As published in Florida Wildlife Magazine. Illustration by Mike Wright, freelance artist from Longwood, Florida.
They tell me those gigantic wolf spiders are completely harmless, but I don’t believe it. How can anyone say such a thing when people must be tripping and breaking their necks trying to get away from them?
I’ll never forget my first encounter with one. I had just moved back to Florida from Los Angeles, after losing everything in the Northridge earthquake. As I sat on the floor of my condo, the light from a lone, shadeless lamp at my side, I saw a movement from the corner of my eye. I don’t think mere words can describe the terror I felt when I saw that foot-and-a-half-wide creature creeping along my wall. The fact that it was actually a five-inch spider whose shadow was being projected did little to quell my fear; I had never seen such a sight in my life, outside of a 60’s horror flick, that is.
I don’t like to kill things, so I used a broom to encourage it toward an open door. Unfortunately, a palmetto bug big enough to beat me up flew in while I was trying to get the spider out. During the next few months I found that spiders and palmetto bugs weren’t to be my only uninvited guests, so I had to learn other techniques for removal as well.
My brother-in-law taught me how to catch mice with a broom and a paper sack. He’s pretty good at it; over the past 25 years, he’s caught most of the 30+ snakes in his Merritt Island home that way. I’m sure my neighbors thought I was some kind of nut as they watched me, once or twice a week, run out my front door wearing knee-high suede boots and elbow-length rubber gloves, a brown paper bag clutched warily in my hand. I sealed up all the holes around plumbing and any other possible means of entrance for the rodents, and that seemed to take care of the mice–the little field mice, that is.
If it hadn’t been for my neighbor George, I probably would have moved back to LA, earthquakes and all. He was on hand to chase out the huge black tree rat that ran in through my open back door. Even my 17-pound cat was scared of that critter. Usually quite a rodent-hunter, she took one look, dashed through the front door and hid under the car. George was also there to catch the brown thrasher that flew in and took refuge behind the entertainment center. Brooms aren’t too handy in a case like that. And just try using a broom to help a wild rabbit back out the door. I’m here to tell you that a baby rabbit can jump seven feet in any direction–including straight up, even if you are standing directly over him.
My sister Kim says I must have some special attraction for the wildlife because I’m the only one having these adventures, but that’s not true. What about the baby alligator she found under her car, or the opossum that moved into her garage? Then there was the goose that flew down her chimney and into the family room, bringing a terrible mess with it. And surely she hasn’t forgotten about the hundreds of bats she found cohabiting her very-short-term rental in Rockledge?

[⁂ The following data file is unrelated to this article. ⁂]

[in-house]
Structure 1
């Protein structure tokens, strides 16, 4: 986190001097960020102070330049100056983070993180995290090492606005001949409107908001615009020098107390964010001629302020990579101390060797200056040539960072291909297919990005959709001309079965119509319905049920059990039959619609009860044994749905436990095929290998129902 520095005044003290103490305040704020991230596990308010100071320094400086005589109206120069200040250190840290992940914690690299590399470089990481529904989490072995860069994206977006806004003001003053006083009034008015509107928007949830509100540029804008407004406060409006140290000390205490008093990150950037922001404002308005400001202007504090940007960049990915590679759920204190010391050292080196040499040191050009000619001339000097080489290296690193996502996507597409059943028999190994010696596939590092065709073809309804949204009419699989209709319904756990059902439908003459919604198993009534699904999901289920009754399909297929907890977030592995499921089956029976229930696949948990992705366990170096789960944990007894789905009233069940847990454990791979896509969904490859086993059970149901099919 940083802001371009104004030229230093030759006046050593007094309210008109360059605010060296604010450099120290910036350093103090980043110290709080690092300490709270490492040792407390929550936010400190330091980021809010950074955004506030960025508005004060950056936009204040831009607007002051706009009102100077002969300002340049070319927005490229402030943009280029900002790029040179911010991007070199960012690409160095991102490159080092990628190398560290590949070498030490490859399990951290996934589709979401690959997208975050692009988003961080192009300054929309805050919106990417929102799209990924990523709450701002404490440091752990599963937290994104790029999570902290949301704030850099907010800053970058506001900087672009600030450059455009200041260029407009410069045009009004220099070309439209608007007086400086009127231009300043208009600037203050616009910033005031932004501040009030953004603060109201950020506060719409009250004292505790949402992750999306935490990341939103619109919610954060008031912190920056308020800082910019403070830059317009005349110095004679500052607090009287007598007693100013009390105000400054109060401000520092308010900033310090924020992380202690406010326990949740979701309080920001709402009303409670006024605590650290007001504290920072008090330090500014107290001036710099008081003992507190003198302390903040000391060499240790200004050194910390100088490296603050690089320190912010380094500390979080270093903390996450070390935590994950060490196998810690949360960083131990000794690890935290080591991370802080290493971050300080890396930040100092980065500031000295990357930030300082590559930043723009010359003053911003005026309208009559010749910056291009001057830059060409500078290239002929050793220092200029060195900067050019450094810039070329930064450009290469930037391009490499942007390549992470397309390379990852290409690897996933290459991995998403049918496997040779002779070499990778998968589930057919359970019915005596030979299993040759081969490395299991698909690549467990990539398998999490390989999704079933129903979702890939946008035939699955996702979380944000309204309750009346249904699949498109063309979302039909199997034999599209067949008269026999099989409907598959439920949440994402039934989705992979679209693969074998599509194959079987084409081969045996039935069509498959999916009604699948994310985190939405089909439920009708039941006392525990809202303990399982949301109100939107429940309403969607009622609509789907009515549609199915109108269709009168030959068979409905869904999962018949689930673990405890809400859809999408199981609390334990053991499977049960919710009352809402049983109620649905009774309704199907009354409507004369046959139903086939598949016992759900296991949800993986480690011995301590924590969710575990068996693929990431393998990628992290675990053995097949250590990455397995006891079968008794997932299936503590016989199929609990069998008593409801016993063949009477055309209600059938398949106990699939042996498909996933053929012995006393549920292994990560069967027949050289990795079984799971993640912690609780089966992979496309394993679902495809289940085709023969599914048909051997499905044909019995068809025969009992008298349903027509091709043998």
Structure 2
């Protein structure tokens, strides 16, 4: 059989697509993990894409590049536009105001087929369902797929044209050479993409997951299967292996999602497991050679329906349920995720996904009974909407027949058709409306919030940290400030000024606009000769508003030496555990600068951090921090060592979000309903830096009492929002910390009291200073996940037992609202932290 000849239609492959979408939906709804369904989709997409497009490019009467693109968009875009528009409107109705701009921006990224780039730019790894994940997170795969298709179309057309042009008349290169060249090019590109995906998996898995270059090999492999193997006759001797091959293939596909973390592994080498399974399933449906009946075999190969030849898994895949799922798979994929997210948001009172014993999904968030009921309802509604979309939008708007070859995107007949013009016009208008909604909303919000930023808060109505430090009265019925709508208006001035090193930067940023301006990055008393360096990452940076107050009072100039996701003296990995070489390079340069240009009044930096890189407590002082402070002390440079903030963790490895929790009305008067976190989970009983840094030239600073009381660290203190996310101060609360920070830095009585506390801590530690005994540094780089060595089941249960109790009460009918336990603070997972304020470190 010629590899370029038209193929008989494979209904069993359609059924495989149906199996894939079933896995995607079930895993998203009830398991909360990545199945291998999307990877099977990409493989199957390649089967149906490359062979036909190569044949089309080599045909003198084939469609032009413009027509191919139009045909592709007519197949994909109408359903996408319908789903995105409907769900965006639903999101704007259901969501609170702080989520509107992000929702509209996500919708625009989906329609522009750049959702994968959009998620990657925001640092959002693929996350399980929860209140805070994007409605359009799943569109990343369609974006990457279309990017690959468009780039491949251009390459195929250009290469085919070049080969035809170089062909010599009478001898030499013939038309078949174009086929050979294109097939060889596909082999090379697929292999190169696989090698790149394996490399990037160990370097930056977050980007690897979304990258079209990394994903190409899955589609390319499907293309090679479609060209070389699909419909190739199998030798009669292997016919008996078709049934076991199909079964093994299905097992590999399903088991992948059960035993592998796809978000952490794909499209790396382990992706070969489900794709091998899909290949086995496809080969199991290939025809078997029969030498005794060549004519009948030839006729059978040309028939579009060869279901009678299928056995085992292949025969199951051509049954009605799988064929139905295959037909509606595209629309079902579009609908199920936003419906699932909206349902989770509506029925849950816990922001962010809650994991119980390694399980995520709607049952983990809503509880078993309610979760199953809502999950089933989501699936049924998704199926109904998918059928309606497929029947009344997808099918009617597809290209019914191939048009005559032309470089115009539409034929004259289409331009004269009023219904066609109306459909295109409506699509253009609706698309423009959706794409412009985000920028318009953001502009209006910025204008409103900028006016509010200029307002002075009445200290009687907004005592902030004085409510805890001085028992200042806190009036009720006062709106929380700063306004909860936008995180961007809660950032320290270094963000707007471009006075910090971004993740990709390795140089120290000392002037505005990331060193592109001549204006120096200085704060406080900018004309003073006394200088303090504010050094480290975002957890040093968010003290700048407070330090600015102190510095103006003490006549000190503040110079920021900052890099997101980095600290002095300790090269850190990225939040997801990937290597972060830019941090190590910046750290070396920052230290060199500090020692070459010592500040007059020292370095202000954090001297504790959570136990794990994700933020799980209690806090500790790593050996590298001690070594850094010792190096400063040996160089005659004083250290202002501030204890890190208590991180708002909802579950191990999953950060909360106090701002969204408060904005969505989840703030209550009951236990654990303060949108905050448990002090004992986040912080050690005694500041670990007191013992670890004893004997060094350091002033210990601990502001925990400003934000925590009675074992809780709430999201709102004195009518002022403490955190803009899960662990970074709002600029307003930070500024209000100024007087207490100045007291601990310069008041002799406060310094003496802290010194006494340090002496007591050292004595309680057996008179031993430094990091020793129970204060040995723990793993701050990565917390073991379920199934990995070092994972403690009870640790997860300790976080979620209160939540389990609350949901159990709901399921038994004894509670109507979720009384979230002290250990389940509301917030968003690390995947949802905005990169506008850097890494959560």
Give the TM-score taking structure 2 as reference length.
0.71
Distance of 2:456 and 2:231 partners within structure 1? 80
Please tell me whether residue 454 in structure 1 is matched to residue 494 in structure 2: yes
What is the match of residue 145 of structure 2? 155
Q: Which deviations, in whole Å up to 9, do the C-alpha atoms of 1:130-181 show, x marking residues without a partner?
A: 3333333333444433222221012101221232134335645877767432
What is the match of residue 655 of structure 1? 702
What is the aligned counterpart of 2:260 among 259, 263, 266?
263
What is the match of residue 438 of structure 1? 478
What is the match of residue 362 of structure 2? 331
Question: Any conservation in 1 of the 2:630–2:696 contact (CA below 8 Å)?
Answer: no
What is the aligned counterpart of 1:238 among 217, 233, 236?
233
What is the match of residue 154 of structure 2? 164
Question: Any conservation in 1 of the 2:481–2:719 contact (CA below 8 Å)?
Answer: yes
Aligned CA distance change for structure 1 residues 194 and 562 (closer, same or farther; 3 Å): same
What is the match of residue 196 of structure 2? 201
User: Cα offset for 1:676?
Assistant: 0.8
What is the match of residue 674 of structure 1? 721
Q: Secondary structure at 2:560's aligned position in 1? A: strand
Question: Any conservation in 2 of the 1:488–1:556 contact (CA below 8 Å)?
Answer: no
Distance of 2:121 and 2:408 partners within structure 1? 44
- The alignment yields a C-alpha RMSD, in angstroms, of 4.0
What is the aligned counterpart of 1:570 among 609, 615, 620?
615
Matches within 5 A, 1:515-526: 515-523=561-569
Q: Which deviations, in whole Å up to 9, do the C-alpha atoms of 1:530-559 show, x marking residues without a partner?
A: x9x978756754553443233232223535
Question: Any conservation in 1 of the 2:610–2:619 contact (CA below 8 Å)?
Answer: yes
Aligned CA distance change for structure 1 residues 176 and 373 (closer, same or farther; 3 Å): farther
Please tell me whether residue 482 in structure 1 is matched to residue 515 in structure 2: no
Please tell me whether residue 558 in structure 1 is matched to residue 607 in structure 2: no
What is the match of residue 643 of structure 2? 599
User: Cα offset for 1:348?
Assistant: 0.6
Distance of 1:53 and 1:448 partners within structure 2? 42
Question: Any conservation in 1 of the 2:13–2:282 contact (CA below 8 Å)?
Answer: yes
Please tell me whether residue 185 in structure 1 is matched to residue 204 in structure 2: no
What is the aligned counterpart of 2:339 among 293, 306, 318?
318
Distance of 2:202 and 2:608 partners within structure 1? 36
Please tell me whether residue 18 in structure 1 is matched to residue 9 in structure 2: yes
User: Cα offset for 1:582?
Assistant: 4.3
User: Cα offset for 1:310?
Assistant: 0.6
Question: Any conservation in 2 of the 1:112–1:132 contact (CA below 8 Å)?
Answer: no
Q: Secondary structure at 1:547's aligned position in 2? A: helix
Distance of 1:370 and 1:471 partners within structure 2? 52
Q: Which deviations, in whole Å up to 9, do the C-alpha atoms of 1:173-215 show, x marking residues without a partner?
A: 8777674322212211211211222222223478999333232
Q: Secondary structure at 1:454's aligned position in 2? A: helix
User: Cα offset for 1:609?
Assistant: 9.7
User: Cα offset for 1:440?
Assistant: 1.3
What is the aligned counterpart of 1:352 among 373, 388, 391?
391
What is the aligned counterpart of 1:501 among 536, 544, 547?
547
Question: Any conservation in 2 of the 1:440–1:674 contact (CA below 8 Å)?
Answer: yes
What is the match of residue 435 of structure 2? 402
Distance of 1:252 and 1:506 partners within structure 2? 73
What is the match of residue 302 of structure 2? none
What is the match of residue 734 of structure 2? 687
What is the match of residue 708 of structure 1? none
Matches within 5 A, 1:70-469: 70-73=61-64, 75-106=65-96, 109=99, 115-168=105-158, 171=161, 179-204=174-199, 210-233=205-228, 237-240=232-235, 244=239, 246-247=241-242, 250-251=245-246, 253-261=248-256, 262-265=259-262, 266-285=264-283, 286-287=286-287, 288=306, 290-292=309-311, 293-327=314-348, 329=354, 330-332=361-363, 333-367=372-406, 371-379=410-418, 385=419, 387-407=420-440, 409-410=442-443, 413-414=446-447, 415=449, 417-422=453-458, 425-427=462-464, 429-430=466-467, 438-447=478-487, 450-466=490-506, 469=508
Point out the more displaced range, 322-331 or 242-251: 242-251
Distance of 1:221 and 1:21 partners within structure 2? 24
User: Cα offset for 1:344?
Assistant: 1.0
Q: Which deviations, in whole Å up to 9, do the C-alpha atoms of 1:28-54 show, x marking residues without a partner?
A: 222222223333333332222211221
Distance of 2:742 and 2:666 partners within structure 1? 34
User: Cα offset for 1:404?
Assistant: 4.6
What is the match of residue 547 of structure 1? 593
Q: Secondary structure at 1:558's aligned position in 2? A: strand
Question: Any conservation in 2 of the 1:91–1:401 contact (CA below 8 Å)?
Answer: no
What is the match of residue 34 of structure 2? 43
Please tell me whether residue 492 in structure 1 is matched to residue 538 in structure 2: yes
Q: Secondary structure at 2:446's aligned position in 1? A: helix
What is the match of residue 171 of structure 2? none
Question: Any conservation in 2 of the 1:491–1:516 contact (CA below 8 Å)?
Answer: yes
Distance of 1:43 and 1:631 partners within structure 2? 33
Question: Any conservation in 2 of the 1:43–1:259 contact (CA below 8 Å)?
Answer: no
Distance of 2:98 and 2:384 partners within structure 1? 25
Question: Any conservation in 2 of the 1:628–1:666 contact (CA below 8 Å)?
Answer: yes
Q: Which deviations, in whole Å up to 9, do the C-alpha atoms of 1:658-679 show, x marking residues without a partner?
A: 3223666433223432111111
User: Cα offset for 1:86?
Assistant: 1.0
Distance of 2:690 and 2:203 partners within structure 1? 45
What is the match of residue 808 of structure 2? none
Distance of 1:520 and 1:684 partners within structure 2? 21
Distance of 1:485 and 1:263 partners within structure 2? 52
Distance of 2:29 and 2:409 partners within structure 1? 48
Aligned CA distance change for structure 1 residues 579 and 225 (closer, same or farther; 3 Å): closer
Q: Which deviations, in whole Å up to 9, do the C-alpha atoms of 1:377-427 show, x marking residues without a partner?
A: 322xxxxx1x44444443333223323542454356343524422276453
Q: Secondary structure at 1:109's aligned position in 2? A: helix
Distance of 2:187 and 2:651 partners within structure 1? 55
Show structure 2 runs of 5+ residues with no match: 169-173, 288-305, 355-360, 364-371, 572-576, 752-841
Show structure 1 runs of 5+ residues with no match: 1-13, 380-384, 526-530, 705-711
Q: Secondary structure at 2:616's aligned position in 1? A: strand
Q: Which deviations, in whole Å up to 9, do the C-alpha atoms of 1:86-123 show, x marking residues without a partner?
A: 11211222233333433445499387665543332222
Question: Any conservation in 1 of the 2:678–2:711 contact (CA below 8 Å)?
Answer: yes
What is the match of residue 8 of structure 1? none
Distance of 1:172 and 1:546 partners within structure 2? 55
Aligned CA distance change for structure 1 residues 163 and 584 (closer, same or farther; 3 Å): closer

But in my case, Kim might be right. Who else comes home to find that a flying squirrel has taken up residence in the stove? Unfortunately, the squirrel decided to stay and nest in my oven batting, popping her head up through the burner hole every now and then to see what was going on. The gas man had to come out at midnight to unhook my stove and move it into the woods, and I’m sure he thought I was a nut, too. He kept looking up into the trees, saying, “I don’t see anything flying….” I’ve often wondered what he thought my real reason was for hauling my stove into the woods at midnight. I took the stove apart and removed the dirty batting. Even so, for the next two years, every time I baked brownies there was the faint smell of urine in the air.
When I recount these tales to my Los Angeles friends, their sympathy is overwhelming; they can’t imagine living in such a “wild” place. But when I think about the strange and sometimes annoying animal encounters I’ve had since my return to Florida, I remember the wildlifeless years I spent in LA, where the smog was so thick that I couldn’t see the sky–let alone the birds, and where I never had the occasion to see the five-foot wing spread on a great horned owl as it took off in flight ten yards from my door, and I realize that these adventures have brought an inner peace to me that I never had in LA. Because for me, true quality of life is all about enjoying nature–both human and animal. So I’ll take Florida any day, critters and all.
Take a look at some of my houseguests:
Squirrels: Southern Flying Squirrel, Eastern Gray Squirrel
Spiders: Brown Widow, Wolf Spider, Jumping Spider
Snakes: Ringneck Snake, Pygmy Rattlesnake
Lizards: Eastern Glass Lizard, Green Anole, Brown Anole, Indo-Pacific, Southeastern Skink
Frogs: Green Tree Frog, Little Grass Frog
Birds: Red-bellied Woodpecker, Brown Thrasher
Mice: Florida Mouse, Black Roof / Tree Rat
Eastern Lubber Grasshopper